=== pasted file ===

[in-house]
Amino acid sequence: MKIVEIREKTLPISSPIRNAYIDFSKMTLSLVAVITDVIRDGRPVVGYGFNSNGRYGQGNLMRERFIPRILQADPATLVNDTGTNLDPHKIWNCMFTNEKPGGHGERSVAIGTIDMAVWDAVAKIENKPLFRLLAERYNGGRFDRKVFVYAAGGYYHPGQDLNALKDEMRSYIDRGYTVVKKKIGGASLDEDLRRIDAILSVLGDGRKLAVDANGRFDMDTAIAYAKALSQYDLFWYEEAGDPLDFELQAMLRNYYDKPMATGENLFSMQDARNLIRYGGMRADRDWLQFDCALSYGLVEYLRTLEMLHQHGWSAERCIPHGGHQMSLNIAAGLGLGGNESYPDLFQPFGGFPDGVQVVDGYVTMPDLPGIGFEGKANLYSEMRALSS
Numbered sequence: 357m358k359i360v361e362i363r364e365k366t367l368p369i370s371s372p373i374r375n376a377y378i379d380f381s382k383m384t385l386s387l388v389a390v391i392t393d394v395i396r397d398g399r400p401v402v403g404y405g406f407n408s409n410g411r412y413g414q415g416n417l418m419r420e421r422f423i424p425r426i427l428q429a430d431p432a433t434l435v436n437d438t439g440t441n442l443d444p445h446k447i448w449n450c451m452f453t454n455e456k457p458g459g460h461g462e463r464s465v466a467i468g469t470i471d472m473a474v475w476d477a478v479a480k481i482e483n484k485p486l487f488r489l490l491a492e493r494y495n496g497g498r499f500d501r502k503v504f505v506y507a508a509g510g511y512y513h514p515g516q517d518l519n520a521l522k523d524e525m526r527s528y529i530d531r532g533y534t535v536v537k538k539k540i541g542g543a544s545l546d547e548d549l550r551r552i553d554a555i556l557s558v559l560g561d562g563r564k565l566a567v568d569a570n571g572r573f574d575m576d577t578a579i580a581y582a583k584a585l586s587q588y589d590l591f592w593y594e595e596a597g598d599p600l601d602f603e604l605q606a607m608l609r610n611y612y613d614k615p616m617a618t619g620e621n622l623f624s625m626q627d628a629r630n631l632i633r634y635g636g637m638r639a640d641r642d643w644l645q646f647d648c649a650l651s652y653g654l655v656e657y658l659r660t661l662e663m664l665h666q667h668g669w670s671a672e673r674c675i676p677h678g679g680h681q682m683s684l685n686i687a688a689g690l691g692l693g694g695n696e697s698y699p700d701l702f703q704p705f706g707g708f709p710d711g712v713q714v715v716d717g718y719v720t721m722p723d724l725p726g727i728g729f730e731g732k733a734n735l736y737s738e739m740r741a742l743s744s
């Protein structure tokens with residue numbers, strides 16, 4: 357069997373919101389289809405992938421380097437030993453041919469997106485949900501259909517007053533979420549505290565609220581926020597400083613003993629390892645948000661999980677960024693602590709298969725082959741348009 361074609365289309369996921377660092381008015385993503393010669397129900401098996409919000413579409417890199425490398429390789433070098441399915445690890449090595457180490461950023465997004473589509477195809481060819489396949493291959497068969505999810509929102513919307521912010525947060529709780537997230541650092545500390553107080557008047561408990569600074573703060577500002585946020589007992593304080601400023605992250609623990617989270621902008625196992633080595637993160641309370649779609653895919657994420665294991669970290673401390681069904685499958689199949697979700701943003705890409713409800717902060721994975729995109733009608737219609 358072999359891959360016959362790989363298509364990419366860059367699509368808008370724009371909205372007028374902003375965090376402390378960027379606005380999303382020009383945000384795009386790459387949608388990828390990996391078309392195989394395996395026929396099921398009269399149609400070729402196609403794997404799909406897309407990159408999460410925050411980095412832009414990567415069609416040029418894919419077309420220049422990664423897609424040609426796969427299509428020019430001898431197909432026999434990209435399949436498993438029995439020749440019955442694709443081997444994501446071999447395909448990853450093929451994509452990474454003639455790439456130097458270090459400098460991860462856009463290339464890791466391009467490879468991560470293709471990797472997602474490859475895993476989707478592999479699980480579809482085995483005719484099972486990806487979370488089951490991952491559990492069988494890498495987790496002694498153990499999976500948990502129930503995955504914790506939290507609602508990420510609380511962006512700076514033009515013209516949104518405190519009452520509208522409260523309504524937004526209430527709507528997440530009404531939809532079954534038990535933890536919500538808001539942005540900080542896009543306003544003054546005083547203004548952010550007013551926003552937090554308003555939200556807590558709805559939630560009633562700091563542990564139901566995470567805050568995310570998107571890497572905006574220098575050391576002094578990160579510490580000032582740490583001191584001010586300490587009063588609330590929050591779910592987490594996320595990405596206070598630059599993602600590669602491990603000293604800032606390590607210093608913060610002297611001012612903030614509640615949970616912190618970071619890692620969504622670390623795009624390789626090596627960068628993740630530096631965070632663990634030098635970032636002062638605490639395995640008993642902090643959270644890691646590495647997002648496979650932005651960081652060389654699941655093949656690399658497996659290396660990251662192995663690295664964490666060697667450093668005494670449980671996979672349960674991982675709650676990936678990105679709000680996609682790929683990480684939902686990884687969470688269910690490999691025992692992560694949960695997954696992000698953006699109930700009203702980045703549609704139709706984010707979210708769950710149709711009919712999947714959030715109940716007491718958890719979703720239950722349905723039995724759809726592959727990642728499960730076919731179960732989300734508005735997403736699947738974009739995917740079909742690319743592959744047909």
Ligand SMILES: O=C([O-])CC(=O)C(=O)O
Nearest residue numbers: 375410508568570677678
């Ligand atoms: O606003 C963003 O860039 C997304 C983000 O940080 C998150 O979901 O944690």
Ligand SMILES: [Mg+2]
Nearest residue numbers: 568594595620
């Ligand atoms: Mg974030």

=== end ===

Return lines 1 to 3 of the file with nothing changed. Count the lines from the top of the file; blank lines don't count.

[in-house]
Amino acid sequence: MKIVEIREKTLPISSPIRNAYIDFSKMTLSLVAVITDVIRDGRPVVGYGFNSNGRYGQGNLMRERFIPRILQADPATLVNDTGTNLDPHKIWNCMFTNEKPGGHGERSVAIGTIDMAVWDAVAKIENKPLFRLLAERYNGGRFDRKVFVYAAGGYYHPGQDLNALKDEMRSYIDRGYTVVKKKIGGASLDEDLRRIDAILSVLGDGRKLAVDANGRFDMDTAIAYAKALSQYDLFWYEEAGDPLDFELQAMLRNYYDKPMATGENLFSMQDARNLIRYGGMRADRDWLQFDCALSYGLVEYLRTLEMLHQHGWSAERCIPHGGHQMSLNIAAGLGLGGNESYPDLFQPFGGFPDGVQVVDGYVTMPDLPGIGFEGKANLYSEMRALSS
Numbered sequence: 357m358k359i360v361e362i363r364e365k366t367l368p369i370s371s372p373i374r375n376a377y378i379d380f381s382k383m384t385l386s387l388v389a390v391i392t393d394v395i396r397d398g399r400p401v402v403g404y405g406f407n408s409n410g411r412y413g414q415g416n417l418m419r420e421r422f423i424p425r426i427l428q429a430d431p432a433t434l435v436n437d438t439g440t441n442l443d444p445h446k447i448w449n450c451m452f453t454n455e456k457p458g459g460h461g462e463r464s465v466a467i468g469t470i471d472m473a474v475w476d477a478v479a480k481i482e483n484k485p486l487f488r489l490l491a492e493r494y495n496g497g498r499f500d501r502k503v504f505v506y507a508a509g510g511y512y513h514p515g516q517d518l519n520a521l522k523d524e525m526r527s528y529i530d531r532g533y534t535v536v537k538k539k540i541g542g543a544s545l546d547e548d549l550r551r552i553d554a555i556l557s558v559l560g561d562g563r564k565l566a567v568d569a570n571g572r573f574d575m576d577t578a579i580a581y582a583k584a585l586s587q588y589d590l591f592w593y594e595e596a597g598d599p600l601d602f603e604l605q606a607m608l609r610n611y612y613d614k615p616m617a618t619g620e621n622l623f624s625m626q627d628a629r630n631l632i633r634y635g636g637m638r639a640d641r642d643w644l645q646f647d648c649a650l651s652y653g654l655v656e657y658l659r660t661l662e663m664l665h666q667h668g669w670s671a672e673r674c675i676p677h678g679g680h681q682m683s684l685n686i687a688a689g690l691g692l693g694g695n696e697s698y699p700d701l702f703q704p705f706g707g708f709p710d711g712v713q714v715v716d717g718y719v720t721m722p723d724l725p726g727i728g729f730e731g732k733a734n735l736y737s738e739m740r741a742l743s744s